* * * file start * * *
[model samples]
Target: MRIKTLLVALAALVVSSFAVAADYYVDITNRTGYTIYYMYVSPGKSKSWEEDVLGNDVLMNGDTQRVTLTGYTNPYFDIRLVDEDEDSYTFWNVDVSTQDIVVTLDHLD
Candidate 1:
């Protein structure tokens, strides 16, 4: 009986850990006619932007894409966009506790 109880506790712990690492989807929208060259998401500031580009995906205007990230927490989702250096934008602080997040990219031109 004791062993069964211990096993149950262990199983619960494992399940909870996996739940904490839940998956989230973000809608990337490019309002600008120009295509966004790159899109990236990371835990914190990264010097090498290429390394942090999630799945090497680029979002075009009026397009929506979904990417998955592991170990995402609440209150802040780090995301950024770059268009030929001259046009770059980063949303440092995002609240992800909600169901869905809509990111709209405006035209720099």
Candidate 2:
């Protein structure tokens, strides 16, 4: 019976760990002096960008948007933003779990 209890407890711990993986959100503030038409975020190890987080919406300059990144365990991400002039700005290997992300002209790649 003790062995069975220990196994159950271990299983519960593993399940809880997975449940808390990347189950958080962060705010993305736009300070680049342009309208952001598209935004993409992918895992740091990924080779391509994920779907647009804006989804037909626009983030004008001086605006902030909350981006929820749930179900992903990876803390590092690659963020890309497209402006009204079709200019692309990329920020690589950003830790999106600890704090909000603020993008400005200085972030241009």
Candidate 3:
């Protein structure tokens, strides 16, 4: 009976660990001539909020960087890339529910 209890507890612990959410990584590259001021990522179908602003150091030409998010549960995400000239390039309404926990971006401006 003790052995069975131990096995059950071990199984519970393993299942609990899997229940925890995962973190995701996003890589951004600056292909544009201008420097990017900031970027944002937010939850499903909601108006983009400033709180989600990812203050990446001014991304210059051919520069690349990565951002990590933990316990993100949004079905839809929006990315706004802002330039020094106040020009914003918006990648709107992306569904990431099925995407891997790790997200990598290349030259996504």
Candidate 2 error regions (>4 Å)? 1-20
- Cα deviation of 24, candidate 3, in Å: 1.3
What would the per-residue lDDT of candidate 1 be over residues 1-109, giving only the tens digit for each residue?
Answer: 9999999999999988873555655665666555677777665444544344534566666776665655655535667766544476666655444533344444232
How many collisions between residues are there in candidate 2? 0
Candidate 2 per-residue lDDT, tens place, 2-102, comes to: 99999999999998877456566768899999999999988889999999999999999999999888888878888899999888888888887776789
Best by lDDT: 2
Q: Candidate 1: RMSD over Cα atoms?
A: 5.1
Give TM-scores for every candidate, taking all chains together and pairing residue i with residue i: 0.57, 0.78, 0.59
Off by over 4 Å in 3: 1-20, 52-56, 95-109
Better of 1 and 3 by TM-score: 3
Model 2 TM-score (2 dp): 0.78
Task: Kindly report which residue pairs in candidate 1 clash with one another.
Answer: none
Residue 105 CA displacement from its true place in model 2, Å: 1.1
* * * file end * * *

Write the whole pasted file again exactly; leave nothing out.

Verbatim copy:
[model samples]
Target: MRIKTLLVALAALVVSSFAVAADYYVDITNRTGYTIYYMYVSPGKSKSWEEDVLGNDVLMNGDTQRVTLTGYTNPYFDIRLVDEDEDSYTFWNVDVSTQDIVVTLDHLD
Candidate 1:
């Protein structure tokens, strides 16, 4: 009986850990006619932007894409966009506790 109880506790712990690492989807929208060259998401500031580009995906205007990230927490989702250096934008602080997040990219031109 004791062993069964211990096993149950262990199983619960494992399940909870996996739940904490839940998956989230973000809608990337490019309002600008120009295509966004790159899109990236990371835990914190990264010097090498290429390394942090999630799945090497680029979002075009009026397009929506979904990417998955592991170990995402609440209150802040780090995301950024770059268009030929001259046009770059980063949303440092995002609240992800909600169901869905809509990111709209405006035209720099």
Candidate 2:
């Protein structure tokens, strides 16, 4: 019976760990002096960008948007933003779990 209890407890711990993986959100503030038409975020190890987080919406300059990144365990991400002039700005290997992300002209790649 003790062995069975220990196994159950271990299983519960593993399940809880997975449940808390990347189950958080962060705010993305736009300070680049342009309208952001598209935004993409992918895992740091990924080779391509994920779907647009804006989804037909626009983030004008001086605006902030909350981006929820749930179900992903990876803390590092690659963020890309497209402006009204079709200019692309990329920020690589950003830790999106600890704090909000603020993008400005200085972030241009």
Candidate 3:
């Protein structure tokens, strides 16, 4: 009976660990001539909020960087890339529910 209890507890612990959410990584590259001021990522179908602003150091030409998010549960995400000239390039309404926990971006401006 003790052995069975131990096995059950071990199984519970393993299942609990899997229940925890995962973190995701996003890589951004600056292909544009201008420097990017900031970027944002937010939850499903909601108006983009400033709180989600990812203050990446001014991304210059051919520069690349990565951002990590933990316990993100949004079905839809929006990315706004802002330039020094106040020009914003918006990648709107992306569904990431099925995407891997790790997200990598290349030259996504």
Candidate 2 error regions (>4 Å)? 1-20
- Cα deviation of 24, candidate 3, in Å: 1.3
What would the per-residue lDDT of candidate 1 be over residues 1-109, giving only the tens digit for each residue?
Answer: 9999999999999988873555655665666555677777665444544344534566666776665655655535667766544476666655444533344444232
How many collisions between residues are there in candidate 2? 0
Candidate 2 per-residue lDDT, tens place, 2-102, comes to: 99999999999998877456566768899999999999988889999999999999999999999888888878888899999888888888887776789
Best by lDDT: 2
Q: Candidate 1: RMSD over Cα atoms?
A: 5.1
Give TM-scores for every candidate, taking all chains together and pairing residue i with residue i: 0.57, 0.78, 0.59
Off by over 4 Å in 3: 1-20, 52-56, 95-109
Better of 1 and 3 by TM-score: 3
Model 2 TM-score (2 dp): 0.78
Task: Kindly report which residue pairs in candidate 1 clash with one another.
Answer: none
Residue 105 CA displacement from its true place in model 2, Å: 1.1